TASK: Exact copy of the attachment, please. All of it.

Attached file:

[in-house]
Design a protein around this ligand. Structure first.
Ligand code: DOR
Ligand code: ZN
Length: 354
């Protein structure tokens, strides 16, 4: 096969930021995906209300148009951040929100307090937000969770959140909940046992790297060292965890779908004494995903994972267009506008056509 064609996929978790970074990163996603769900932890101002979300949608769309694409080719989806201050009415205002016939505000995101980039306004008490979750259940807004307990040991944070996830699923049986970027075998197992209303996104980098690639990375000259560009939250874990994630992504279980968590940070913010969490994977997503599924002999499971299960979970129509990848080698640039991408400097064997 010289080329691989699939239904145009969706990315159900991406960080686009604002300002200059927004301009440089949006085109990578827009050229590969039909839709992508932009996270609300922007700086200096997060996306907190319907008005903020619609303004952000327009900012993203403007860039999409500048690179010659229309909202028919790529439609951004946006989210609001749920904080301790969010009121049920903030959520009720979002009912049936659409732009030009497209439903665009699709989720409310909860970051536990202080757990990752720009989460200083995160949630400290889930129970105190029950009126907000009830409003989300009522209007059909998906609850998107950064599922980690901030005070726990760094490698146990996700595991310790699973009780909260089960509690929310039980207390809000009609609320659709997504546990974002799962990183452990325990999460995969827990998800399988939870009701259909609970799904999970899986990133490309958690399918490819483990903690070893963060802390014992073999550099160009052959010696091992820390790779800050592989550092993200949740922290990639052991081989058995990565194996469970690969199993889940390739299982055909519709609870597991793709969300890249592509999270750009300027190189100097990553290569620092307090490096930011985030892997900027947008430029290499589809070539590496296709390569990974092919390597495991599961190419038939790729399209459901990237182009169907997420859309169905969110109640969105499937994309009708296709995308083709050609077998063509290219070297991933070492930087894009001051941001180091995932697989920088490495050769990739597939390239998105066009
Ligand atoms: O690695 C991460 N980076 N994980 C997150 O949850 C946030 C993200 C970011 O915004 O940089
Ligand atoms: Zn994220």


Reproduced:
[in-house]
Design a protein around this ligand. Structure first.
Ligand code: DOR
Ligand code: ZN
Length: 354
């Protein structure tokens, strides 16, 4: 096969930021995906209300148009951040929100307090937000969770959140909940046992790297060292965890779908004494995903994972267009506008056509 064609996929978790970074990163996603769900932890101002979300949608769309694409080719989806201050009415205002016939505000995101980039306004008490979750259940807004307990040991944070996830699923049986970027075998197992209303996104980098690639990375000259560009939250874990994630992504279980968590940070913010969490994977997503599924002999499971299960979970129509990848080698640039991408400097064997 010289080329691989699939239904145009969706990315159900991406960080686009604002300002200059927004301009440089949006085109990578827009050229590969039909839709992508932009996270609300922007700086200096997060996306907190319907008005903020619609303004952000327009900012993203403007860039999409500048690179010659229309909202028919790529439609951004946006989210609001749920904080301790969010009121049920903030959520009720979002009912049936659409732009030009497209439903665009699709989720409310909860970051536990202080757990990752720009989460200083995160949630400290889930129970105190029950009126907000009830409003989300009522209007059909998906609850998107950064599922980690901030005070726990760094490698146990996700595991310790699973009780909260089960509690929310039980207390809000009609609320659709997504546990974002799962990183452990325990999460995969827990998800399988939870009701259909609970799904999970899986990133490309958690399918490819483990903690070893963060802390014992073999550099160009052959010696091992820390790779800050592989550092993200949740922290990639052991081989058995990565194996469970690969199993889940390739299982055909519709609870597991793709969300890249592509999270750009300027190189100097990553290569620092307090490096930011985030892997900027947008430029290499589809070539590496296709390569990974092919390597495991599961190419038939790729399209459901990237182009169907997420859309169905969110109640969105499937994309009708296709995308083709050609077998063509290219070297991933070492930087894009001051941001180091995932697989920088490495050769990739597939390239998105066009
Ligand atoms: O690695 C991460 N980076 N994980 C997150 O949850 C946030 C993200 C970011 O915004 O940089
Ligand atoms: Zn994220």